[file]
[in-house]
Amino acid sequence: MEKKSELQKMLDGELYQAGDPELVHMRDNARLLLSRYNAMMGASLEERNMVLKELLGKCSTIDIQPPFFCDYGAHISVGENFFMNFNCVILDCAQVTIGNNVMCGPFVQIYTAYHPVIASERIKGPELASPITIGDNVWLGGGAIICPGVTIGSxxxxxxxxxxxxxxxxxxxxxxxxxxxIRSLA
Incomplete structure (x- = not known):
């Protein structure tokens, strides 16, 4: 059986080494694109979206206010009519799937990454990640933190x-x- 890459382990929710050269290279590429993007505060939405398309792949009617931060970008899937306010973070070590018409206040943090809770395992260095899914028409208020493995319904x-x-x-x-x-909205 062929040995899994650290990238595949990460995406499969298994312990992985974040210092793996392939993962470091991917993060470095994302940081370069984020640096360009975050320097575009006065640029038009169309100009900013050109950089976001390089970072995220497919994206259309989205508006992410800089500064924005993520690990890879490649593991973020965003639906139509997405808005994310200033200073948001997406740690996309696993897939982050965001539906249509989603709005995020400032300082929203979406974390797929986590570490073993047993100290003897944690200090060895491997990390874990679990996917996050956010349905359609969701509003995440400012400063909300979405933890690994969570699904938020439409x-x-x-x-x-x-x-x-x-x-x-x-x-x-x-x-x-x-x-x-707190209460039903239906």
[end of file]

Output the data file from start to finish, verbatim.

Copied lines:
[in-house]
Amino acid sequence: MEKKSELQKMLDGELYQAGDPELVHMRDNARLLLSRYNAMMGASLEERNMVLKELLGKCSTIDIQPPFFCDYGAHISVGENFFMNFNCVILDCAQVTIGNNVMCGPFVQIYTAYHPVIASERIKGPELASPITIGDNVWLGGGAIICPGVTIGSxxxxxxxxxxxxxxxxxxxxxxxxxxxIRSLA
Incomplete structure (x- = not known):
């Protein structure tokens, strides 16, 4: 059986080494694109979206206010009519799937990454990640933190x-x- 890459382990929710050269290279590429993007505060939405398309792949009617931060970008899937306010973070070590018409206040943090809770395992260095899914028409208020493995319904x-x-x-x-x-909205 062929040995899994650290990238595949990460995406499969298994312990992985974040210092793996392939993962470091991917993060470095994302940081370069984020640096360009975050320097575009006065640029038009169309100009900013050109950089976001390089970072995220497919994206259309989205508006992410800089500064924005993520690990890879490649593991973020965003639906139509997405808005994310200033200073948001997406740690996309696993897939982050965001539906249509989603709005995020400032300082929203979406974390797929986590570490073993047993100290003897944690200090060895491997990390874990679990996917996050956010349905359609969701509003995440400012400063909300979405933890690994969570699904938020439409x-x-x-x-x-x-x-x-x-x-x-x-x-x-x-x-x-x-x-x-707190209460039903239906």